It’s been a long four years. Ever since the Bourne-aping Quantum of Solace hit cinemas back in October 2008, the Bond franchise has been in a state of limbo, drifting from one problem (let’s face it, Quantum wasn’t great, was it?) to the next (MGM going into financial meltdown). But here we are, four years on, at the release of Skyfall. And it’s, fortunately, really good.
In fact, and this is a controversial – but popular anyway – statement - Skyfall, in my opinion at least, is the best Bond film in the franchise’s 50 year history. It’s not easy to compare it to a single Bond film, but it plays as a Sean Connery era Bond film would have been made today – there’s the modern elements of cyber-terrorism and leaks crossed with good old vintage elements like a camp, creepy villain with a weird disability (Javier Bardem is excellent as Silva – although that facial prosthetic removal was disturbing, to say the least) and the Aston Martin DB5 from days gone by.
Spoilers begin now.
As for performances, Daniel Craig remains an excellent Bond – there’s still the trademark hard-edged action man parts, but he gets a lot more to work with than in Quantum of Solace and arguably Casino Royale - mainly because this time, Bond is actually funny. Sitting in a packed cinema on opening day, plenty of Craig’s lines got plenty of laughs, with the ejector seat gag getting the most laughs. Naomie Harris provides a decent, if not stunning performance as none other than Miss Eve Moneypenny, and Berenice Marlohe is good, but under-used as the seductive, sultry, any word beginning with ‘s’ Severine – although her death was a little too early, to be honest. And undignified. It wasn’t the best way to go.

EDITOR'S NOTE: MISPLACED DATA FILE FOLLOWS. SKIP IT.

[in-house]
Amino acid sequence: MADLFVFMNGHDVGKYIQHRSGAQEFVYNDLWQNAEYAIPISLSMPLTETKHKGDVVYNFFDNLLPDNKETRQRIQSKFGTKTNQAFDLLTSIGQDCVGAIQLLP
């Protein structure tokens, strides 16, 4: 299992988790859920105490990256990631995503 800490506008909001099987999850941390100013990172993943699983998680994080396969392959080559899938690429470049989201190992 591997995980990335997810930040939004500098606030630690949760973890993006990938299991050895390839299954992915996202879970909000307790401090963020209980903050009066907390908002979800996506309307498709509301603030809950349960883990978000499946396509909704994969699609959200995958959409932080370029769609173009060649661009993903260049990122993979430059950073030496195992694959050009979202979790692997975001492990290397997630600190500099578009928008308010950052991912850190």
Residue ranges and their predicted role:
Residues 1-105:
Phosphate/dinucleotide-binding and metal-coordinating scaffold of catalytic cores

Ben Whishaw makes a great, and plausible, younger Q (even if he still has spots), and Ralph Fiennes is great as a slightly morally ambiguous government agent – although he comes good in the end and I’m definitely looking forward to Fiennes as M in Bond 24. But the real star of the film is Judi Dench, whose performance as M for the last time is easily her best of the seven Bond films she’s been in – she steals several scenes from under Craig’s nose, the highlight being her sharp, angry reaction to Bond’s return. I for one am sad to see her go – but at least she got a dignified and emotional death.
Sam Mendes’ able, and steady-handed (the shaky cam sequences from Quantum are history) direction proves that he can direct one heck of an action scene (the finale at Skyfall Lodge being a highlight) as well as compelling, affecting drama. Thanks to Roger Deakins‘ cinematography, Skyfall looks amazing in pretty much every scene too, especially the scenes set in China towards the middle of the film.
The ending manages to evoke Batman Begins and The Dark Knight Rises in one go (Christopher Nolan’s Bat-trilogy is an obvious, but welcome influence throughout the film), with the cheeky and offhand reveal of Moneypenny – it’ll be interesting to see what the more capable Moneypenny can do – and the very last scene, that despite being the end of Skyfall, actually feels a lot more like the beginning of another film. 007 has returned, and Bond 24 can’t come soon enough.